Only one percent of Kenyan government spending can be properly accounted for, according to a report by the country’s auditor-general released just days after US President Barack Obama warned corruption was holding the country back.
Auditor-General Edward Ouko’s annual report, presented to parliament on Tuesday, said that just 1.2 percent of Kenya’s one trillion shilling (8.9 billion euro) budget for 2013-14 “was incurred lawfully and in an effective way”.
The 361-page report is a litany of mismanagement, incompetence, wastage, misspending and possible corruption on a huge scale.
Ouko found that 60 percent of government spending — roughly 600 billion shillings (5.3 billion euros) — “had issues” while he “was unable to confirm” whether a further 390 billion shillings (3.5 billion euros) “was incurred effectively and lawfully”.
The report was published two days after Obama left Kenya where he had addressed “the cancer of corruption”, calling endemic graft “the single biggest impediment to Kenya growing even faster”.
“Too often, here in Kenya corruption is tolerated because that’s how things have always been done. People just think that that is sort of the normal state of affairs,” said Obama.
The auditor-general’s report exposes the everyday nature of malpractice and possible corruption in Kenya’s government.
The ministry of health and ministry of transport and infrastructure were among 17 government departments singled out for failing to provide documents to support spending totalling 67 billion shillings (600 million euros).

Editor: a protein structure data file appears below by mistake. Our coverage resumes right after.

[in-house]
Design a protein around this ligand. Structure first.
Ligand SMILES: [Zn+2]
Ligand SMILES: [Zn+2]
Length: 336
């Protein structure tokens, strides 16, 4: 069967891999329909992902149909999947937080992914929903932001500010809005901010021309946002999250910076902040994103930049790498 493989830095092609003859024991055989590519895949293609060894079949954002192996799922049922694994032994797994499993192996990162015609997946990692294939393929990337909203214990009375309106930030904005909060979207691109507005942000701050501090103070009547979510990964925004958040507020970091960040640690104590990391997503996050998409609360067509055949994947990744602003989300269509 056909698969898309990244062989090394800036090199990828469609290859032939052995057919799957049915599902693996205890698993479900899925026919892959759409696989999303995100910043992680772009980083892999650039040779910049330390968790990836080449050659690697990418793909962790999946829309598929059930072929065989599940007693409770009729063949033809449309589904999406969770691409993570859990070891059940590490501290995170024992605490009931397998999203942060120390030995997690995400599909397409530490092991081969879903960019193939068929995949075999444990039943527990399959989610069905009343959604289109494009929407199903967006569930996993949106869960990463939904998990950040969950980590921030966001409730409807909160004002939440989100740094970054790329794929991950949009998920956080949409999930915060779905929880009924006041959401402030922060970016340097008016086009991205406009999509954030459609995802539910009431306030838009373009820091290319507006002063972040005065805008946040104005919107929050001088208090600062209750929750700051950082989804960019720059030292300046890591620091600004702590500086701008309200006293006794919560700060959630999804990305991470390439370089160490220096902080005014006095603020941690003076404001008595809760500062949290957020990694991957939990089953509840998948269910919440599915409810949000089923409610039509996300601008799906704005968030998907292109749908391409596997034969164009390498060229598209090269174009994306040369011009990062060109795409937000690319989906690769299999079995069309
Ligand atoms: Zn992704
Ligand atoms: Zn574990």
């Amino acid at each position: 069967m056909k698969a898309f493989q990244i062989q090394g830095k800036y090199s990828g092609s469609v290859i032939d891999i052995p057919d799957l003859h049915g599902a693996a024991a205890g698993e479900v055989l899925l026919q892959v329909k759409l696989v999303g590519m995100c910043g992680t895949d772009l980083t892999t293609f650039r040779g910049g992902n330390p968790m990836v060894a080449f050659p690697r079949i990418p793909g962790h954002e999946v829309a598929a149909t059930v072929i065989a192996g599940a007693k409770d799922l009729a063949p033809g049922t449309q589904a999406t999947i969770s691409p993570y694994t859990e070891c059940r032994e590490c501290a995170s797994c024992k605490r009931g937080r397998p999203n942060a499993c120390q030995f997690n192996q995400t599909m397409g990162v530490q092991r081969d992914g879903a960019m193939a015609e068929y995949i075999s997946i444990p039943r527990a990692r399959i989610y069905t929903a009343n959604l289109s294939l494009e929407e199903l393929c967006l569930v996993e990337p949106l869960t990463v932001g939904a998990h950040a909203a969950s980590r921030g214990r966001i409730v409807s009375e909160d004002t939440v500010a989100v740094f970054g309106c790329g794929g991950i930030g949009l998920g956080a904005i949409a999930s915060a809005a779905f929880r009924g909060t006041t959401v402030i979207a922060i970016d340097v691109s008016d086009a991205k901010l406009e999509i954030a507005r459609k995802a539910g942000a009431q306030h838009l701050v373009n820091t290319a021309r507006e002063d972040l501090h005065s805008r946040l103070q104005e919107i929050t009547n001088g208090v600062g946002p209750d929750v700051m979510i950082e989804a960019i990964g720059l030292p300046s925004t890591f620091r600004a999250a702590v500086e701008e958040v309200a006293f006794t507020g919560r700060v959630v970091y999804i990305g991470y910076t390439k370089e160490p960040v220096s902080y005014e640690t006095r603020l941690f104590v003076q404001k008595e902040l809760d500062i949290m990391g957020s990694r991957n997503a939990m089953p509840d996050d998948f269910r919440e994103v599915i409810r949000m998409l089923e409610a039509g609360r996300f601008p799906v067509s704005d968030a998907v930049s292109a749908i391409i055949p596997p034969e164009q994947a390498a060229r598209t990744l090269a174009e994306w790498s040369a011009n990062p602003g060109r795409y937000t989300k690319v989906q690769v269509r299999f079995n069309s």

“These public funds may not have been utilised lawfully and in an effective manner,” said Ouko.
Former transport minister Michael Kamau, was among four ministers suspended in March, and has been charged with abuse of office.
Ten government departments — including the ministry of agriculture and the judiciary — failed to pay bills totalling 17 billion shillings (147 million euros).
Kenya’s police — regularly ranked among the most corrupt institutions in East Africa — spent 31 million shillings (274,000 euros) on rent for offices that were left empty. In some police stations officers were accused of stealing cash bails, sometimes using fake accounting books to conceal the theft.
Kenya, which is placed 145th out of 174 on Transparency International’s annual corruption index, has long been blighted by graft.
It became a byword for corruption in the 1990s and 2000s with multi-billion dollar fiddles including Goldenberg, which saw the government overpay gold subsidies, and the Anglo-Leasing government procurement scandal.
Graft allegations have dogged a deal to build a new 485 kilometre (300 mile) standard gauge railway that is currently under construction linking the port of Mombasa with the capital Nairobi.
The Chinese-built single-track railway line with diesel rolling stock, is costing $5.6 million per kilometre compared to the $4.8 million per kilometre being paid by neighbouring Ethiopia for a new dual-track, electrified railway. A parliamentary committee has called for the cancellation of the deal, amid suspicions of corruption.
In Kenya public office is often seen as a route to personal enrichment, as Obama noted while standing alongside President Uhuru Kenyatta at a news conference in Nairobi on Saturday.
“People aren’t stupid,” the US president said.
“If they see an elected official and they know that their salary is there, and suddenly they’re driving through town in a very big car, and they see their cousin driving through town with a very big car, and they’re suddenly building a new house, and all that doesn’t seem to match up with their salary, they don’t have to be a forensic accountant to know what’s going on,” he said.
Kenya’s presidency, however, was among just five government ministries, departments and agencies in which no mismanagement was identified.
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